When 'Resident' suggests that "it's a great use of resources to combine clubs between the two schools", I'd suggest that he/she doesn't grasp some of the consequences of doing so in such a way as is currently in effect. Among the realities that are dictated by the fact that HPHS' and DHS' class schedules don't overlap means that students from DHS - who need to make their way to HP, often find that whatever program [e.g. Robotics] on offer a HPHS 'after' school has already begun by the time DHS students can get to HP. Additionally, freshman and sophmores - who don't drive, and who couldn't park at DHS even if they did drive, simply can't travel the distances to/from the two schools in a timely manner - even in the best of weather; and the travel times take away from their already limited time capacities to allocate to either their core curriculum and/or extrqa-curricular activities. Once again, as relating to resources; Dist. 113 does add additional faculty facilitation at HP to accommodate DHS-students, it's just more students on top of the HP ones and further dilutes resource allocation. In short, exacerbated and inefficient travel times, non-interfacing schedules, over-burdened faculty and diluted resource all combine to diminsh both the viability of DHS students particpating in Robotics and in diminishing returns in the manner in which the program currently exists within Dist. 113. I would add that such protocols of 'combing clubs... for sports teams as well' might be fine for a highly limited/low participation club; however and once again, the logistics and allocation of limited resources diminish both the inherent viability and desirability of clubs when there is substantial {or potentially substantial} demand at both schools. Taking the propostion of the position suggested by 'Resident' one logical step further; if aggregate efficiencies are 'great', why has Dist. 113 induced us [taxpayers] to float and expend a couple of hundred million dollars to support TWO high-schools in the District? Why not just build one mega/super-HS? There are certain inherent limits in economies of scale and such as which are commonly called 'diminishing returns.' Scale is dictated by function and, in return, function and scale are dictated by both/either demand and/or potential demand. When you make the logistcs of accessing finite capacity a burden, you are - thereby, limiting both access and aggregate viability.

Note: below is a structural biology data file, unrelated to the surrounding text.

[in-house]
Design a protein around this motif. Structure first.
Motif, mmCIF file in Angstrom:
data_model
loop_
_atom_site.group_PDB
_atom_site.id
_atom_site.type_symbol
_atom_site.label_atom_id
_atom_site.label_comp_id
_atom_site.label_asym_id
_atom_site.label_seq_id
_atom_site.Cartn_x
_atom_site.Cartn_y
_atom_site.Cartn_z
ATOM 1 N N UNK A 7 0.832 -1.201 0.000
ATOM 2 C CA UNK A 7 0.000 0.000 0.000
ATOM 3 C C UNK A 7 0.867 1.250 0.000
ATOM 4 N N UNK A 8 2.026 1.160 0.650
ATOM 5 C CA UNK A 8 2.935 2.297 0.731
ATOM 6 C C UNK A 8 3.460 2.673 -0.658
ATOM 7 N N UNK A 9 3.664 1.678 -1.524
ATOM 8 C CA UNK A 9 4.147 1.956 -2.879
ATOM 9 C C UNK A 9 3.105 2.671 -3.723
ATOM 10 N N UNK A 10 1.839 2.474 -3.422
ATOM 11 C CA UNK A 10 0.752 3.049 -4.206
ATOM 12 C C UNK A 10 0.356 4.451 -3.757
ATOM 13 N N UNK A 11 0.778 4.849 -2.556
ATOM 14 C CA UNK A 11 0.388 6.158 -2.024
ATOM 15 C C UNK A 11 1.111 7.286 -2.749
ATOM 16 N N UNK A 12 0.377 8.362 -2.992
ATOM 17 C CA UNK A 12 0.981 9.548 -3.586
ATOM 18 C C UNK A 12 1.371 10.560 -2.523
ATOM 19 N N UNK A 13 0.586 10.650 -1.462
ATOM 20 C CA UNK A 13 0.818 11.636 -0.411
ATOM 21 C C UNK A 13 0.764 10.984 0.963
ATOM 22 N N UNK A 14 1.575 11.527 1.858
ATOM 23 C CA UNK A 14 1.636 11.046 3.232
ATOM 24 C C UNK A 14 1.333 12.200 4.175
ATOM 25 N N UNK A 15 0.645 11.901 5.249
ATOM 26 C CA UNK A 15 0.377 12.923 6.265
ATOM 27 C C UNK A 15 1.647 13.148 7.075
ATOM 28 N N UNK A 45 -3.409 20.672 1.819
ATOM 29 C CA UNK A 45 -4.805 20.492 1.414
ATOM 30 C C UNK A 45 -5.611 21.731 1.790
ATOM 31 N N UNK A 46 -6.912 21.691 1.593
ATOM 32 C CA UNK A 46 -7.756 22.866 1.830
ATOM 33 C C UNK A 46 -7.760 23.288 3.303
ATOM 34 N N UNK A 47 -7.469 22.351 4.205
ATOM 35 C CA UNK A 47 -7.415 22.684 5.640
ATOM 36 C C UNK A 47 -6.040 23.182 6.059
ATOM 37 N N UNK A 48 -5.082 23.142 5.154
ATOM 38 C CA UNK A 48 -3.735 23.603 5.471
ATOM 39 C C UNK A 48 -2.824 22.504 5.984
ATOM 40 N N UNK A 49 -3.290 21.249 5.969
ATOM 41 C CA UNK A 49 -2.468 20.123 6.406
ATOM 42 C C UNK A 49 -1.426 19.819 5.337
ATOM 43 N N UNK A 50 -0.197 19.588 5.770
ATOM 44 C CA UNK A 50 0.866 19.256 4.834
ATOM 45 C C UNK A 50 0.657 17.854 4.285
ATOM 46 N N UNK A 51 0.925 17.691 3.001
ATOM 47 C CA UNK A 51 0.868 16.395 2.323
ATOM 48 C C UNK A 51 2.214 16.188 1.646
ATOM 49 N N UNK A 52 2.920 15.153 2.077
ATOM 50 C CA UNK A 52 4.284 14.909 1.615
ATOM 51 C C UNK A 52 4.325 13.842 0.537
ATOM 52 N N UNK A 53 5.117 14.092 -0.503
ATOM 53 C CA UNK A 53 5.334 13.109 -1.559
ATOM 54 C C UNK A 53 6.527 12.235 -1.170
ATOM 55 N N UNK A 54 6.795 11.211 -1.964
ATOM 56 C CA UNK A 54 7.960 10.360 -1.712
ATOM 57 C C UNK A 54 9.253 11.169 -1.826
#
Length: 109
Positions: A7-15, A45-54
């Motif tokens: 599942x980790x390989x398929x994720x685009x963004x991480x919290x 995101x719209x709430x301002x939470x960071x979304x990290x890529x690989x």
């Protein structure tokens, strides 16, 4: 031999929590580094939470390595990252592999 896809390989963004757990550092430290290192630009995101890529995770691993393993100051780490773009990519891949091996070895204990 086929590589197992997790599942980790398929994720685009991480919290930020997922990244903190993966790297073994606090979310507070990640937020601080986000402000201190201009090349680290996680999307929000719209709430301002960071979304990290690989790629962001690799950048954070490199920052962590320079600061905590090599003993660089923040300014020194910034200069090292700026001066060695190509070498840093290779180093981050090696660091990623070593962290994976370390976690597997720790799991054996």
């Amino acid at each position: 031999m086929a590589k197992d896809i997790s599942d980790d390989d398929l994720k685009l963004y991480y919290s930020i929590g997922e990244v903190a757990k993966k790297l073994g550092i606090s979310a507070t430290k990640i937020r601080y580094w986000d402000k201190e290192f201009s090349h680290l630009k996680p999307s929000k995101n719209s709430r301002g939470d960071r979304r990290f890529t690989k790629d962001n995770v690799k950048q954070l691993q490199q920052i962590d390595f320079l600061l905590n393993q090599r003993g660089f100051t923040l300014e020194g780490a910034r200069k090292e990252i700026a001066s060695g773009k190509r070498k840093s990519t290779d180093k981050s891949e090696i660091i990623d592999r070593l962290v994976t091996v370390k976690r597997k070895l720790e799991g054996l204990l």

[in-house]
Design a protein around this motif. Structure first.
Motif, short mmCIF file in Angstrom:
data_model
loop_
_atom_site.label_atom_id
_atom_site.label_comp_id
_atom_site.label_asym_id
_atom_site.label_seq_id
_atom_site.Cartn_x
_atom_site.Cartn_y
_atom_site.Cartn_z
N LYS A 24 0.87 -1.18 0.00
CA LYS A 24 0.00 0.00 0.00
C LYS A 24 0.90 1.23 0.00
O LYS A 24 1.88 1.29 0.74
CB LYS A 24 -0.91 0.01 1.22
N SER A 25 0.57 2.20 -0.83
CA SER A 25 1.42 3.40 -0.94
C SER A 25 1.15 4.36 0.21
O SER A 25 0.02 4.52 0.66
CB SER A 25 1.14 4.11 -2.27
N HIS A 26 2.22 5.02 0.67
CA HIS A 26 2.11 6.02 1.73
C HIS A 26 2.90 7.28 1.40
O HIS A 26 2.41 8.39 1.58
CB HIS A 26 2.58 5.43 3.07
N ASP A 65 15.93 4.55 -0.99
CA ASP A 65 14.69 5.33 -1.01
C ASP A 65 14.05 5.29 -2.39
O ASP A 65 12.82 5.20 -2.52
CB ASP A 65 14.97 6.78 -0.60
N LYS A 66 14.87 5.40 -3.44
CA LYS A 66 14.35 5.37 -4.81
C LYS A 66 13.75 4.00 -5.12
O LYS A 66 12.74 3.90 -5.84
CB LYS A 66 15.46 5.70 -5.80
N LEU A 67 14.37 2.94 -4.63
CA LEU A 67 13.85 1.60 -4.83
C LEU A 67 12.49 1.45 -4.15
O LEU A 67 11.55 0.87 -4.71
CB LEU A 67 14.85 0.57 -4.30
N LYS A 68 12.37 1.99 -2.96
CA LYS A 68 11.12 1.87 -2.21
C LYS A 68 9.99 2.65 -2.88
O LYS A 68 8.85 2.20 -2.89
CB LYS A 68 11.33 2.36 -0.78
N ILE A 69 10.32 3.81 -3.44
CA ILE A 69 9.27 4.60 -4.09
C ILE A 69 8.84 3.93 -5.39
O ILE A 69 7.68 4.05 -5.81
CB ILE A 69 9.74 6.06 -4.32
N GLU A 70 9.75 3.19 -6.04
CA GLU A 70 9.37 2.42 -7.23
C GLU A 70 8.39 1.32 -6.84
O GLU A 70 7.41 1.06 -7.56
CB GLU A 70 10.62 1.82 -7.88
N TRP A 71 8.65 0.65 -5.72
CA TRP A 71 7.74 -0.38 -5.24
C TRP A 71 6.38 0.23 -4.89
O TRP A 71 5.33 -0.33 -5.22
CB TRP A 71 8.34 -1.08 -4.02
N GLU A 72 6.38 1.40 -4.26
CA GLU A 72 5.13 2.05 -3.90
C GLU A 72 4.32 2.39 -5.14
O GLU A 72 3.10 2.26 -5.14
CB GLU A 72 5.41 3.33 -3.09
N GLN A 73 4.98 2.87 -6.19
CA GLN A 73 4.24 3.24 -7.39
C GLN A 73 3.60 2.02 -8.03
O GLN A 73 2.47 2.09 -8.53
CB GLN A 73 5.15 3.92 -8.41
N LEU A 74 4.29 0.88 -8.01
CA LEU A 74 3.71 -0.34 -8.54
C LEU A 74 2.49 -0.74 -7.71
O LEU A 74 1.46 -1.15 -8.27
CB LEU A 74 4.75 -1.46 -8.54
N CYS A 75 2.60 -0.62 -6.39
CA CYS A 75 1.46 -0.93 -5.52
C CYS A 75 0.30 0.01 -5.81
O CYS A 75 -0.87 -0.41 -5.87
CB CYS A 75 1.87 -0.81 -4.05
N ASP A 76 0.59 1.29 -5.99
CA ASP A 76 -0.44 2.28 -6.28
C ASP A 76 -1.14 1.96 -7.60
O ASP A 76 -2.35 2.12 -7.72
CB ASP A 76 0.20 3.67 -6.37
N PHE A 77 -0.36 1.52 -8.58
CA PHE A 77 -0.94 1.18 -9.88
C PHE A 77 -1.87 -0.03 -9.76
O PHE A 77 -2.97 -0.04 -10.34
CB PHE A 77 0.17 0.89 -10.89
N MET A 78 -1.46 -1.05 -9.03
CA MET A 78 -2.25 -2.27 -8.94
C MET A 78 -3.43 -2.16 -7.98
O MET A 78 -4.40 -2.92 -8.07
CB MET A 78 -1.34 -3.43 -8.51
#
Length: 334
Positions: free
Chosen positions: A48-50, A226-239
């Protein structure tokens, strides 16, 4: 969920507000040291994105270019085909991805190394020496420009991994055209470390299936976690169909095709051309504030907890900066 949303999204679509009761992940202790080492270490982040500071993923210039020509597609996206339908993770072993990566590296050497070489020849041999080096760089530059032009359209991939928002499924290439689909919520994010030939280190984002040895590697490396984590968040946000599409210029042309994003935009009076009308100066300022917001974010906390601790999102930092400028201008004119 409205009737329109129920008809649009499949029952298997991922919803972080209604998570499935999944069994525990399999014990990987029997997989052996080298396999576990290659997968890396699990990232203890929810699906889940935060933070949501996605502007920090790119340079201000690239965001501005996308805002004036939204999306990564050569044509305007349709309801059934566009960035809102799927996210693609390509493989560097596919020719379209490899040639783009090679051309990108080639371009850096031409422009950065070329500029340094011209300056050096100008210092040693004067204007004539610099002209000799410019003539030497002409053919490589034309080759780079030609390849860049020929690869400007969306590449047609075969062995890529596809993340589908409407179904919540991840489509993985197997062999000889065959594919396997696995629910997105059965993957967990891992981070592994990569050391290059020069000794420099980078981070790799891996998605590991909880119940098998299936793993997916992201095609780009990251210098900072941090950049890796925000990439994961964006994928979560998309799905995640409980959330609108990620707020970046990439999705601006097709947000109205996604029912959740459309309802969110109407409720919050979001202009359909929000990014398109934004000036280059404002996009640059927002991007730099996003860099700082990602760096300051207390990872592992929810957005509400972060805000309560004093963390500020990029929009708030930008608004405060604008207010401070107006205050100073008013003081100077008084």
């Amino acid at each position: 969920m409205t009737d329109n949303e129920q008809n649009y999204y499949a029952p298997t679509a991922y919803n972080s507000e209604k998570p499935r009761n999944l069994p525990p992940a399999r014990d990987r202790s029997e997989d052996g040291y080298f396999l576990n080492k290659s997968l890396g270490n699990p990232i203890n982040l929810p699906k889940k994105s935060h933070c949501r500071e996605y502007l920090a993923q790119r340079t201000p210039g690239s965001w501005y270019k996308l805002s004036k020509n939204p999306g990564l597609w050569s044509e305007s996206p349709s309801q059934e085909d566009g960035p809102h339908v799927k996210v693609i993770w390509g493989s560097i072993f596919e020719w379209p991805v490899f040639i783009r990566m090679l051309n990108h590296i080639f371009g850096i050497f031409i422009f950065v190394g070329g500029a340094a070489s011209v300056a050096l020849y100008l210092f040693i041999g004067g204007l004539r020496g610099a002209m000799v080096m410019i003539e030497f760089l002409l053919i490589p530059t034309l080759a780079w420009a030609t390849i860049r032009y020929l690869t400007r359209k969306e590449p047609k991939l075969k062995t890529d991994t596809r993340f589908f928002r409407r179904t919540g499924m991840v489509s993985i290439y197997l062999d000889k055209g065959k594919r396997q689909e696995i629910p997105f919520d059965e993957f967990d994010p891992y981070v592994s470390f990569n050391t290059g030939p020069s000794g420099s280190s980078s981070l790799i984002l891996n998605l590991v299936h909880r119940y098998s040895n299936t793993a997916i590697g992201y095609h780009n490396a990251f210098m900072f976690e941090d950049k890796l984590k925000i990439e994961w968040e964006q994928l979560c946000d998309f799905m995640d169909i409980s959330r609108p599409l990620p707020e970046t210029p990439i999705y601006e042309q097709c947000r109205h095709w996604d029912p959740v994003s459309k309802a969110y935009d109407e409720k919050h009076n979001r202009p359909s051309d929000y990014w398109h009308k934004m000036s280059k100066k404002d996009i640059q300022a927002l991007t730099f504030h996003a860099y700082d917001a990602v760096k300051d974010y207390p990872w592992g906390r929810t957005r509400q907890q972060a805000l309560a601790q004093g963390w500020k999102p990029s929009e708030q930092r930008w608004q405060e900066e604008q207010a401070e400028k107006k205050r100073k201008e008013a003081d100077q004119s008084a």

Bernard Johnson April 12, 2014 at 03:30 PM
make that, Dist. 113 DOESN'T add additional faculty facilitation....
Janice April 13, 2014 at 09:21 AM
Maybe there's just not enough student interest at DHS for the Robotics club to stand on its own? Also, in the past when there are combined activities, a bus is provided to go from one school to the other. Speaking of opportunities that one school has that the other doesn't, I don't believe HP has a WYSE program. One school combined would be a disaster. Many kids would miss out on opportunities that they wouldn't otherwise have since half as many kids can compete as do now.
Janice April 13, 2014 at 09:23 AM
Also, kudos to the DHS WYSE team for finished 2nd in State (only a few points out of first) on Thursday. One of their "star" students couldn't make it, so perhaps they'd have won if he had. It is great for the school no doubt, but it would be nice to see more girls selected for the team! That encouragement has to begin in the earlier grades.
Janice April 13, 2014 at 09:23 AM
*finishing